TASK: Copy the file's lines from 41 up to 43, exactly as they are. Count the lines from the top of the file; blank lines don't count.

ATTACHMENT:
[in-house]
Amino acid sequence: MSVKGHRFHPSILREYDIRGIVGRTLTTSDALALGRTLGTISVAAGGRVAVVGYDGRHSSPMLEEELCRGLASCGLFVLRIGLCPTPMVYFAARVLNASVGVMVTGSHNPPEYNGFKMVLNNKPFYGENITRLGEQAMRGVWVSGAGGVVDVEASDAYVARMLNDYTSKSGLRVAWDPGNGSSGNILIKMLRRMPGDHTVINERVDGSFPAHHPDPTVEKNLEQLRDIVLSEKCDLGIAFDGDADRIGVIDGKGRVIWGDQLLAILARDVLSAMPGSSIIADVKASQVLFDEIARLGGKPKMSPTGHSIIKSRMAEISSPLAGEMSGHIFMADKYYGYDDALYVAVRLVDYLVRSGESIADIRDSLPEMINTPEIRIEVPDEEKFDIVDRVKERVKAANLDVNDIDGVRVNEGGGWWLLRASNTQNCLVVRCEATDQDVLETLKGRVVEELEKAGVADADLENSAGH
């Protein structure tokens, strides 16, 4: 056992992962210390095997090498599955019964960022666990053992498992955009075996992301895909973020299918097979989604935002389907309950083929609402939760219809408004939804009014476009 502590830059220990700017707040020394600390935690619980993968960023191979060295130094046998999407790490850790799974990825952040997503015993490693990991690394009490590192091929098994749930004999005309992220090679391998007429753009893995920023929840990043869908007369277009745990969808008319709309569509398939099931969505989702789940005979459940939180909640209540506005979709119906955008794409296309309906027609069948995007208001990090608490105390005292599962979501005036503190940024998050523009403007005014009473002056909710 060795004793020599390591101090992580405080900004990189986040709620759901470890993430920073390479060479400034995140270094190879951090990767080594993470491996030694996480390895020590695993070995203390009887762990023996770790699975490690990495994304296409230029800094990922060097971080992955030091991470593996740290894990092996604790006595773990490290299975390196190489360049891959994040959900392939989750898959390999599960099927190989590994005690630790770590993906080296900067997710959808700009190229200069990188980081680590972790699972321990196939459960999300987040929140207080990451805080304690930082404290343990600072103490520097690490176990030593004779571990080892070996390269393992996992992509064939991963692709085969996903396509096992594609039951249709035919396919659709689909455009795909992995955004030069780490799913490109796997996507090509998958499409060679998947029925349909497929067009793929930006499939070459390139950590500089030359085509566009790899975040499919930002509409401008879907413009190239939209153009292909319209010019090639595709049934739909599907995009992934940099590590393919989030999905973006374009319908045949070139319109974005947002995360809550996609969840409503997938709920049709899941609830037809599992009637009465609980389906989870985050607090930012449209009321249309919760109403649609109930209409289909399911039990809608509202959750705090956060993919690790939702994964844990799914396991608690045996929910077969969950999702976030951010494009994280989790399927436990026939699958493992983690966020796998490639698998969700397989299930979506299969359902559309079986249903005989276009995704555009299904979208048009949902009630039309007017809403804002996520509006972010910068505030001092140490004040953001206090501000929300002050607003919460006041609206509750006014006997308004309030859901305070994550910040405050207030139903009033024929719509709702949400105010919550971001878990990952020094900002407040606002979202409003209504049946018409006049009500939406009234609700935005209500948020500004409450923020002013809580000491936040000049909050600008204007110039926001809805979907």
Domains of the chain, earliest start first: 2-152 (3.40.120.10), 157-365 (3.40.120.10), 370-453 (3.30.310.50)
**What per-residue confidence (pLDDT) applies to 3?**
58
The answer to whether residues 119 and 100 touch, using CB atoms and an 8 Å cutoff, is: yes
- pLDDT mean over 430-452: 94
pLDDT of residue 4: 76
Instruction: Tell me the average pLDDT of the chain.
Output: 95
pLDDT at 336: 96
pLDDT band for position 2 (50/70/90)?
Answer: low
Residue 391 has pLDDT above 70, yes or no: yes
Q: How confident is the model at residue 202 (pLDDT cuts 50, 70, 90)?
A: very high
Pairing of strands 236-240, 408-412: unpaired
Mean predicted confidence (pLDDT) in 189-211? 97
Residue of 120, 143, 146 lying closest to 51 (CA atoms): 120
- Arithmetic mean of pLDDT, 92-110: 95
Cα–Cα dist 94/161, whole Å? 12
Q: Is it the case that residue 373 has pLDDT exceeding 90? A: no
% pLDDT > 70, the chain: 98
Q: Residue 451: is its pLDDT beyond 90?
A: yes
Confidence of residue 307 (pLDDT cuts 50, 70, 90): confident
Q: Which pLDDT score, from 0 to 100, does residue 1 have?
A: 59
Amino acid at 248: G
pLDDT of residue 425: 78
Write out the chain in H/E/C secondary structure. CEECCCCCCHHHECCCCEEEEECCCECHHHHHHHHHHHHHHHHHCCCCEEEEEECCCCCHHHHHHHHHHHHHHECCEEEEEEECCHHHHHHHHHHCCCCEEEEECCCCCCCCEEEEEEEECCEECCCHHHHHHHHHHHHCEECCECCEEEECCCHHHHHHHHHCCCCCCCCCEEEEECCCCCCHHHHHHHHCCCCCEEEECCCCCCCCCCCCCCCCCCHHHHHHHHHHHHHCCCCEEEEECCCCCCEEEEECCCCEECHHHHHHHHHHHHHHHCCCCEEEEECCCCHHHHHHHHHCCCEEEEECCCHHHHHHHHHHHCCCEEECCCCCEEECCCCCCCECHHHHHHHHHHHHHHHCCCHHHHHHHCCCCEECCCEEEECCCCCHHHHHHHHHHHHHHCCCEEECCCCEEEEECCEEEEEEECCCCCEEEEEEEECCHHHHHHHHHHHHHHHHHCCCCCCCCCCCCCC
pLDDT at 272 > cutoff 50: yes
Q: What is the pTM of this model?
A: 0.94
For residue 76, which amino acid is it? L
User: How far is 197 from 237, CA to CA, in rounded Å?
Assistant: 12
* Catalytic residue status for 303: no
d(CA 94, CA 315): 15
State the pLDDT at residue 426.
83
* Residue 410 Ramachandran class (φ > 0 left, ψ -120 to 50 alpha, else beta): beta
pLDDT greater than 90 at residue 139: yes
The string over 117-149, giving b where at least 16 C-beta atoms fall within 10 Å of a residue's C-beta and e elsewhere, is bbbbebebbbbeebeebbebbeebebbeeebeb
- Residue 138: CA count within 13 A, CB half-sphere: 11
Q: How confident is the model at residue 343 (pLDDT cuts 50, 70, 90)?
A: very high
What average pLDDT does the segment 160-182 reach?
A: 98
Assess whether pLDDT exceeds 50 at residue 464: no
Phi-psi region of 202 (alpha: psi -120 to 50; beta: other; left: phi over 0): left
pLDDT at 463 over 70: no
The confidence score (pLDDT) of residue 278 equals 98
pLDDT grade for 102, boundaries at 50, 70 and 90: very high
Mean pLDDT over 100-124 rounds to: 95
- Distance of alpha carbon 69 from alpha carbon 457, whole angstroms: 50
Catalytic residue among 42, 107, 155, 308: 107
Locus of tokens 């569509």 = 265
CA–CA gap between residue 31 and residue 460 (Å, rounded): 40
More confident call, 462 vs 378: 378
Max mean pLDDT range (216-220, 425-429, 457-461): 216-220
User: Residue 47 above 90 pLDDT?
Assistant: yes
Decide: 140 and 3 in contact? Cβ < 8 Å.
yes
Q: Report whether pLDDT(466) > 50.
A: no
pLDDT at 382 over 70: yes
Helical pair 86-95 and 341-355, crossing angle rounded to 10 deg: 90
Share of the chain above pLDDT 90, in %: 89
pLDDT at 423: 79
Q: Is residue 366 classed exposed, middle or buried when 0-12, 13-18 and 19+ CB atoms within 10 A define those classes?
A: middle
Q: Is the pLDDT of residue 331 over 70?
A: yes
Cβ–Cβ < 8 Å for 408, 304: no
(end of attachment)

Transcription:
State the pLDDT at residue 426.
83
* Residue 410 Ramachandran class (φ > 0 left, ψ -120 to 50 alpha, else beta): beta